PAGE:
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FLORIDA V. J. L. (98-1993) 529 U.S. 266 (2000)
727 So. 2d 204, affirmed.
Syllabus
 
Opinion
[ Ginsburg ]
Concurrence
[ Kennedy ]
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Syllabus

NOTE:  Where it is feasible, a syllabus (headnote) will be released, as is being done in connection with this case, at the time the opinion is issued.
The syllabus constitutes no part of the opinion of the Court but has been prepared by the Reporter of Decisions for the convenience of the reader.
See United States v. Detroit Timber & Lumber Co., 200 U.S. 321, 337.

SUPREME COURT OF THE UNITED STATES

FLORIDA v. J. L.

CERTIORARI TO THE SUPREME COURT OF FLORIDA


No. 98—1993. Argued February 29, 2000–Decided March 28, 2000

After an anonymous caller reported to the Miami-Dade Police that a young black male standing at a particular bus stop and wearing a plaid shirt was carrying a gun, officers went to the bus stop and saw three black males, one of whom, respondent J. L., was wearing a plaid shirt. Apart from the tip, the officers had no reason to suspect any of the three of illegal conduct. The officers did not see a firearm or observe any unusual movements. One of the officers frisked J. L. and seized a gun from his pocket. J. L., who was then almost 16, was charged under state law with carrying a concealed firearm without a license and possessing a firearm while under the age of 18. The trial court granted his motion to suppress the gun as the fruit of an unlawful search. The intermediate appellate court reversed, but the Supreme Court of Florida quashed that decision and held the search invalid under the Fourth Amendment.

Held:  An anonymous tip that a person is carrying a gun is not, without more, sufficient to justify a police officer’s stop and frisk of that person. An officer, for the protection of himself and others, may conduct a carefully limited search for weapons in the outer clothing of persons engaged in unusual conduct where, inter alia, the officer reasonably concludes in light of his experience that criminal activity may be afoot and that the persons in question may be armed and presently dangerous. Terry v. Ohio, 392 U.S. 1, 30. Here, the officers’ suspicion that J. L. was carrying a weapon arose not from their own observations but solely from a call made from an unknown location by an unknown caller. The tip lacked sufficient indicia of reliability to provide reasonable suspicion to make a Terry stop:  It provided no predictive information and therefore left the police without means to test the informant’s knowledge or credibility. See Alabama v. White, 496 U.S. 325, 327. The contentions of Florida and the United States as amicus that the tip was reliable because it accurately described J. L.’s visible attributes misapprehend the reliability needed for a tip to justify a Terry stop. The reasonable suspicion here at issue requires that a tip be reliable in its assertion of illegality, not just in its tendency to identify a determinate person. This Court also declines to adopt the argument that the standard Terry analysis should be modified to license a “firearm exception,” under which a tip alleging an illegal gun would justify a stop and frisk even if the accusation would fail standard pre-search reliability testing. The facts of this case do not require the Court to speculate about the circumstances under which the danger alleged in an anonymous tip might be so great–e.g., a report of a person carrying a bomb–as to justify a search even without a showing of reliability.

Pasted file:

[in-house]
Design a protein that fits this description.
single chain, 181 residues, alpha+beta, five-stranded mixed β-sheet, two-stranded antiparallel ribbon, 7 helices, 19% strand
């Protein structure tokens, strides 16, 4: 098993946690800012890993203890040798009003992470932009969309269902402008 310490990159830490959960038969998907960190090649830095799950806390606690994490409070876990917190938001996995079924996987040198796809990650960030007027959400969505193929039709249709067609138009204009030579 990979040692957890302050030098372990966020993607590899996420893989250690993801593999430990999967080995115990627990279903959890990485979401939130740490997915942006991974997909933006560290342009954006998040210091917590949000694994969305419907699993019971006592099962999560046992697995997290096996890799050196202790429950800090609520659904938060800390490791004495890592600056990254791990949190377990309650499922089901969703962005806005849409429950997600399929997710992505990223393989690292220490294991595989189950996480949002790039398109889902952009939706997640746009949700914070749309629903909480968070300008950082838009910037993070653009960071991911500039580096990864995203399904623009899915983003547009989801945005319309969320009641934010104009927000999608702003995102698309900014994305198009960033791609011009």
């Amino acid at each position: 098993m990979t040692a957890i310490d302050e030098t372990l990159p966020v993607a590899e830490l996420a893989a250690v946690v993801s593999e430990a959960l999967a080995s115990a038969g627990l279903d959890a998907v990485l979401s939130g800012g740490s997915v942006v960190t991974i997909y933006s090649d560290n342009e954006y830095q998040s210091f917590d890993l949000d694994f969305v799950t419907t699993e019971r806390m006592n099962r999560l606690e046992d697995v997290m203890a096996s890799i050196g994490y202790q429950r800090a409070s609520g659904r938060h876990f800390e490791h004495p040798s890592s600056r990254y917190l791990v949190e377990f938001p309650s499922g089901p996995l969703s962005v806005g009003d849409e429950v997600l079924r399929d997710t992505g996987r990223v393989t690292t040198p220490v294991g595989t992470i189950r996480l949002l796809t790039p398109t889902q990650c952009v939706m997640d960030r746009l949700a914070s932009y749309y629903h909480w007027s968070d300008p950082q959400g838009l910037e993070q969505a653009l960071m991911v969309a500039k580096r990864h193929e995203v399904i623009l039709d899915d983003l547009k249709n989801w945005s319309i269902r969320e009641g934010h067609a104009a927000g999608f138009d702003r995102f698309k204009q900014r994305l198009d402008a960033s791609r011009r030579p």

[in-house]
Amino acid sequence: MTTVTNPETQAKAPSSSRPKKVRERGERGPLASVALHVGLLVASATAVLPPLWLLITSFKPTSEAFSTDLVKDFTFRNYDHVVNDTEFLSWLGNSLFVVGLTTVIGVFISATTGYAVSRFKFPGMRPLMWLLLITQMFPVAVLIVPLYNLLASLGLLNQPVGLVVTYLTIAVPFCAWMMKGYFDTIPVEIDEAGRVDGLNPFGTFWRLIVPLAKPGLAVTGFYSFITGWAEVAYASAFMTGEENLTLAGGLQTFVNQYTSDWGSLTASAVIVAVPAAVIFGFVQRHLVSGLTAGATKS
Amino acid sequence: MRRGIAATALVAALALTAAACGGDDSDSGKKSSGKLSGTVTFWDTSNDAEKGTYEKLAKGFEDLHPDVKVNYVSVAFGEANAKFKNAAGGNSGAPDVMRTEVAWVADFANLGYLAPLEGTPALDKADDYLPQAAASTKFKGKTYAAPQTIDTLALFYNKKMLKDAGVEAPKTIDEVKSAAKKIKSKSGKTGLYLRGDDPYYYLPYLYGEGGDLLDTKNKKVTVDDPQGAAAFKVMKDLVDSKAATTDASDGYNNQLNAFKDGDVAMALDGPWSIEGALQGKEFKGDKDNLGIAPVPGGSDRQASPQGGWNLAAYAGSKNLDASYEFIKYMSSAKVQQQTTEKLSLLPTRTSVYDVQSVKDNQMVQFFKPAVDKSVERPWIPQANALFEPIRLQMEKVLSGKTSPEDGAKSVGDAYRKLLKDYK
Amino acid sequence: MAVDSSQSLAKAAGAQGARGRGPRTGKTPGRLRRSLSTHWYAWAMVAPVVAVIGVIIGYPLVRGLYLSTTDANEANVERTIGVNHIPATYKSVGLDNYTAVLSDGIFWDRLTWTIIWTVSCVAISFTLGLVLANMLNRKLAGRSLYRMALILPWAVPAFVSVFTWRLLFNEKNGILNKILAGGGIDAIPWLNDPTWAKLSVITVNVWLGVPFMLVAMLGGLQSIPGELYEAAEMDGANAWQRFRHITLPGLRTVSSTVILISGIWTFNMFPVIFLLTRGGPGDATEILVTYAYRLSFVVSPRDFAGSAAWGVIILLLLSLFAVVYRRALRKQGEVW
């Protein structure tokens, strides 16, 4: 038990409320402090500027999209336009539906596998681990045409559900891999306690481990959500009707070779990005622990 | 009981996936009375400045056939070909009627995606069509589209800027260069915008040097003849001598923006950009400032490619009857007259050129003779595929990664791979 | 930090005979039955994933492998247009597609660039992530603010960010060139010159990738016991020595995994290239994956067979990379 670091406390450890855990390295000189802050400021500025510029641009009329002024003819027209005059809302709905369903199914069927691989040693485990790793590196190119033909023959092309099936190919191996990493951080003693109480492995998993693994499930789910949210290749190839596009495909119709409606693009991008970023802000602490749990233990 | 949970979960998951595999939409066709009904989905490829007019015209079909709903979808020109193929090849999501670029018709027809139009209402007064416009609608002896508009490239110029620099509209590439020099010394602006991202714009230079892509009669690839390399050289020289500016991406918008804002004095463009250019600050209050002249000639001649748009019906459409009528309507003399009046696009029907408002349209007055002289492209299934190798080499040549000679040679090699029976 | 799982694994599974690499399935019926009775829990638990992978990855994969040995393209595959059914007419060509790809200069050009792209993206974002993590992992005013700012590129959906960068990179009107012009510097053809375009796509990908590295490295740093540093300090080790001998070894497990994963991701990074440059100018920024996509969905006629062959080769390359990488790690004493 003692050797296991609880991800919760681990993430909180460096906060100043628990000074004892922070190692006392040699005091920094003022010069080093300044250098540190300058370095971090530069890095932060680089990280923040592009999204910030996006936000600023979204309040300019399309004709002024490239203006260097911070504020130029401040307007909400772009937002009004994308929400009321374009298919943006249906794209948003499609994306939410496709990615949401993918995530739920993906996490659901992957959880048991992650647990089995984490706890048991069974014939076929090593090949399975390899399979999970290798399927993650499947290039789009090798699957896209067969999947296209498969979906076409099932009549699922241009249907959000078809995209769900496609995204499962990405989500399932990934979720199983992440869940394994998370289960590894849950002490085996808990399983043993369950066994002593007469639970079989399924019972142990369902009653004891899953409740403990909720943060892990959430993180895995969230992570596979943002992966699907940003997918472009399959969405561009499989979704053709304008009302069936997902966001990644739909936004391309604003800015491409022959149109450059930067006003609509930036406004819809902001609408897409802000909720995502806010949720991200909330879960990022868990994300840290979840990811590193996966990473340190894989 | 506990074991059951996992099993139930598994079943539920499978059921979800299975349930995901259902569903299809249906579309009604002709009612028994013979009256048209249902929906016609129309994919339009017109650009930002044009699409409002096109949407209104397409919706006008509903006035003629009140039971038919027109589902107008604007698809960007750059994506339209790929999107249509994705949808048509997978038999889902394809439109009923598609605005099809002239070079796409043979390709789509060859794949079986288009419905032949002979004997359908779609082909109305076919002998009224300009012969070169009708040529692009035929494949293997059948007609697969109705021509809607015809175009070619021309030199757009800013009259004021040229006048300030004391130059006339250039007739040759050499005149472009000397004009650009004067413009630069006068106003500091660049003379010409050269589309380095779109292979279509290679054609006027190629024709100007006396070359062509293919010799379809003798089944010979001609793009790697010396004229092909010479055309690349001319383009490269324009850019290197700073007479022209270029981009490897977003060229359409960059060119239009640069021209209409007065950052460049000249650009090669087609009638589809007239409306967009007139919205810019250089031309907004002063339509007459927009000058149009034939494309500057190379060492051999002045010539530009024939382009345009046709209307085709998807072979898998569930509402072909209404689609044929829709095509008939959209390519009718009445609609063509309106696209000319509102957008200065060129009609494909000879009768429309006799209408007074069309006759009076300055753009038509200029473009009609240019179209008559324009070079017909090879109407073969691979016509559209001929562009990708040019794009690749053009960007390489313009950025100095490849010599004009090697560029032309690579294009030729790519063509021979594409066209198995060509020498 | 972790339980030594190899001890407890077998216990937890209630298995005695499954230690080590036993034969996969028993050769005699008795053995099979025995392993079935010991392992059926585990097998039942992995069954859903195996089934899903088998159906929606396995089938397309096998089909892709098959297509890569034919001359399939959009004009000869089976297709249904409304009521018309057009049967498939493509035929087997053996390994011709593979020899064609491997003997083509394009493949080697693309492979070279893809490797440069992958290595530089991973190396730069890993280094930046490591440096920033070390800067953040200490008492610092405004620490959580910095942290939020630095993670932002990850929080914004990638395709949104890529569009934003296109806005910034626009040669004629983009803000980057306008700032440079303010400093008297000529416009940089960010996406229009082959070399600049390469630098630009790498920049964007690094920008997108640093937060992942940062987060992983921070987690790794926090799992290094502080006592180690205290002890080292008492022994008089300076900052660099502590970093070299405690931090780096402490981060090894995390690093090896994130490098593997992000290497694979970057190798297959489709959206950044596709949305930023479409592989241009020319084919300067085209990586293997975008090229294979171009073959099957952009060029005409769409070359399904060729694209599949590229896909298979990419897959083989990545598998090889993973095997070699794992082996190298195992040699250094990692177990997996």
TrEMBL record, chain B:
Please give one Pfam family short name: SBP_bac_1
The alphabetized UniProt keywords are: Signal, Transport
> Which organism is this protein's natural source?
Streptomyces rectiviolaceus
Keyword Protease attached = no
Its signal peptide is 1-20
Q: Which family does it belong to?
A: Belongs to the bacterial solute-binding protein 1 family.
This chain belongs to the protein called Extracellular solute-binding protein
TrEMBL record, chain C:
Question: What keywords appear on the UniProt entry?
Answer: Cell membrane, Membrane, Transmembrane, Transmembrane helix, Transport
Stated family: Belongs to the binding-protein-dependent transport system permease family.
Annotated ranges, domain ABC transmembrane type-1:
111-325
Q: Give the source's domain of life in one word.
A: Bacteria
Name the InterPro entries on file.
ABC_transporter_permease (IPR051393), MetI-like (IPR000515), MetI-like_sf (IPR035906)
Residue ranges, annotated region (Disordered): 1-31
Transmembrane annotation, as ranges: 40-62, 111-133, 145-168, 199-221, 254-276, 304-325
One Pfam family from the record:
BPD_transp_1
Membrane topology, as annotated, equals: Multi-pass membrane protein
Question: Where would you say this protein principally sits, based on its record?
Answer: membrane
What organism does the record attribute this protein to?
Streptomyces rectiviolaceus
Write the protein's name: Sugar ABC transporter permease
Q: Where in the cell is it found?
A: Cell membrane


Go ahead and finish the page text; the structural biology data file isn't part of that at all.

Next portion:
727 So. 2d 204, affirmed.

    Ginsburg, J., delivered the opinion for a unanimous Court. Kennedy, J., filed a concurring opinion, in which Rehnquist, C. J., joined.